Fruit – An Essential Superfood

When asked about the essentials needed in the diet, fruit is definitely one to come up frequently alongside a few others but it’s mostly thought of as just getting 1 of your 5 a day or that pre-workout snack, but it can be so much more!

Looking at what fructose can do in direct relation to performance can be simple but often over-looked.


Liver Glycogen:

The name for stored carbohydrate in the liver. This store of energy has a direct relationship with being able to maintain blood glucose levels during exercise, and if its low you’re going to quickly find it hard to maintain your exercise output.

You may not have known but when you carbohydrate load, saturating your muscle with loads of carbohydrate the day before a or THE big ride, you wake up with a liver empty of glycogen as that fuel is used to maintain blood sugar levels while asleep.


What role does fruit play in this?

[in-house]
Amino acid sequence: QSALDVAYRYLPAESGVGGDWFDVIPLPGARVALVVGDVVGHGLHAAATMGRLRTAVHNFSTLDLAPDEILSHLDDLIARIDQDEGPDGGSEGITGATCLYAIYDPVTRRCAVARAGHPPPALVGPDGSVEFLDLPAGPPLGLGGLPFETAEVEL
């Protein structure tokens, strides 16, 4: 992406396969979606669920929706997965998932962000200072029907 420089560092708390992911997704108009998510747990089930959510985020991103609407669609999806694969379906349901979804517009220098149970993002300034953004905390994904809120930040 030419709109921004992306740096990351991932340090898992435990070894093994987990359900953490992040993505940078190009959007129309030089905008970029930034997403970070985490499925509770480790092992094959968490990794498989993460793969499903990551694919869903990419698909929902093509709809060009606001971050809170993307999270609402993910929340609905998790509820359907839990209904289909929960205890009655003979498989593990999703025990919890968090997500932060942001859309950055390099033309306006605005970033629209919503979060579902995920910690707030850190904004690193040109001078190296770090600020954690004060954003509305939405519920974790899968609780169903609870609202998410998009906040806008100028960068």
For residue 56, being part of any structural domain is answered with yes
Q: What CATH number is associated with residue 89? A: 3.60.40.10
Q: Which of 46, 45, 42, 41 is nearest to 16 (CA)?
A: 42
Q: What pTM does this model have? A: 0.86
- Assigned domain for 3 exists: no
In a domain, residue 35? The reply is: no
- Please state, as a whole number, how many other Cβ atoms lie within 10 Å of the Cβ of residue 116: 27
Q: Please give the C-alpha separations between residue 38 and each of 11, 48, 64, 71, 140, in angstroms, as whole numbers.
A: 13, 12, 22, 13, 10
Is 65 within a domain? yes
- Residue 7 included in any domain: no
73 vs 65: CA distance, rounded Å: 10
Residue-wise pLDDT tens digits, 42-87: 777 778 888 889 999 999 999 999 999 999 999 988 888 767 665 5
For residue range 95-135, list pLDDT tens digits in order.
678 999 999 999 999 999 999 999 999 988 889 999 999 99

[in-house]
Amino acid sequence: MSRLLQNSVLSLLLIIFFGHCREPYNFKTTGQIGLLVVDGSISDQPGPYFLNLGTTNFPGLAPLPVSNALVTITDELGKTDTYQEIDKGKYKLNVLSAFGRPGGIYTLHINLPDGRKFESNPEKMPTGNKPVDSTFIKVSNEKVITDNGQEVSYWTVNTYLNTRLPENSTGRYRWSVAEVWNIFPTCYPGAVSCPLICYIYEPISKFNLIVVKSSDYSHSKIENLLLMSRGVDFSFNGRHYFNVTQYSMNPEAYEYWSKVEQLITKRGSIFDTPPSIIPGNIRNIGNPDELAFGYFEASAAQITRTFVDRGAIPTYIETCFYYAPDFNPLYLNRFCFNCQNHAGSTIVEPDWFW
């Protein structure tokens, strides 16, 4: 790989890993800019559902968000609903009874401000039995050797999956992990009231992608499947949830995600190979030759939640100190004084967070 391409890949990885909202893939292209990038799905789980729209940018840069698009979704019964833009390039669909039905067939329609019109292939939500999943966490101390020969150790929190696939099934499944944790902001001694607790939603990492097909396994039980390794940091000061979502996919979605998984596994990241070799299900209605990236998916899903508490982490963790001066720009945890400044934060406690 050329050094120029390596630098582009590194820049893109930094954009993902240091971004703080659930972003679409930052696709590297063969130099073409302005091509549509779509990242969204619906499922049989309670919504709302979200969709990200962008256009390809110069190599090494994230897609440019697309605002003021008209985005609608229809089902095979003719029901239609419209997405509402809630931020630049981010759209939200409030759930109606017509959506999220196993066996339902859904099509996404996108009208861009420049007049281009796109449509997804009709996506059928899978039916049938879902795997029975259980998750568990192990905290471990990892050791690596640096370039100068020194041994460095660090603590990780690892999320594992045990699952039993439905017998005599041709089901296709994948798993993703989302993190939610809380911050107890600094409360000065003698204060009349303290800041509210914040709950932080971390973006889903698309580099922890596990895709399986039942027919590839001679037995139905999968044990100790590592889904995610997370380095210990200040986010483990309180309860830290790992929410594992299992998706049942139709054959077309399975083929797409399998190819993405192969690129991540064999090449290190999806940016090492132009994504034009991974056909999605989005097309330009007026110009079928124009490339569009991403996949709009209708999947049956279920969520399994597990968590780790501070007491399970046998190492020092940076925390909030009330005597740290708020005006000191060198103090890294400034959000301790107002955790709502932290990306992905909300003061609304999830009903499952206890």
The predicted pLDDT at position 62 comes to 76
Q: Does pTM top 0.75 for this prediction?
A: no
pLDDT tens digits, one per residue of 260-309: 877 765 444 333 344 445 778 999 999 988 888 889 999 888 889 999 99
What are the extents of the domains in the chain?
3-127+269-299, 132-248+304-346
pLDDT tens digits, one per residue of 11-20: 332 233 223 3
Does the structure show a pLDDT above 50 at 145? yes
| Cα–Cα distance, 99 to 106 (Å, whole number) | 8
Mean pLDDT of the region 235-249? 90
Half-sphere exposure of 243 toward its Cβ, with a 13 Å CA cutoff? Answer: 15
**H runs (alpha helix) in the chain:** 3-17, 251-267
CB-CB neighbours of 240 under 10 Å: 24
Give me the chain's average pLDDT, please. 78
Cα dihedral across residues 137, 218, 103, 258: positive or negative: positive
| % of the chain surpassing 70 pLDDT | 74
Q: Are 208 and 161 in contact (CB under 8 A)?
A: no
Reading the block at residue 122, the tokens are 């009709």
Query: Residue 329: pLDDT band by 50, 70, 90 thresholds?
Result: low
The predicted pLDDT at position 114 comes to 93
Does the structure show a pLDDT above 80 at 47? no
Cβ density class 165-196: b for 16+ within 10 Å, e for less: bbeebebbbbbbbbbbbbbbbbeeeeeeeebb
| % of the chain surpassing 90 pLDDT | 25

Well fruit is first and foremost broken down in the liver with a large proportion of that energy being stored there.


What does this mean for me?

Knowing that, you can make that pre-ride/race breakfast improve your performance even more than before. Combining a steady, slow releasing carbohydrate like porridge or brown bead with fruit like banana and honey can help increase


How else can fruit help?

You may have seen quite a lot of energy drinks or gels being a 2;1 ratio of Glucose:Fructose. Fructose being the sugar found in fruit (never would have guessed that) uses a different means of entering through the intestine wall than glucose.

This means that you can increase the amount of carbohydrate you take per hour, and help reduce the potential risk of stomach discomfort!


How much should I have?

For breakfast – Looking solely at performance and not accounting for goals like body composition then having 100-150g of carbohydrate made of a mixture of fruit and low/medium glycaemic index foods 2-4 hours before the ride should be perfect!

If you’re already out riding – Having fruit in your pocket, honey in your water or some fruit juice are all sources of fructose and can be had in amounts of up to 30g an hour while on the bike. Great ideas of ways to save money on gels and still help your performance.

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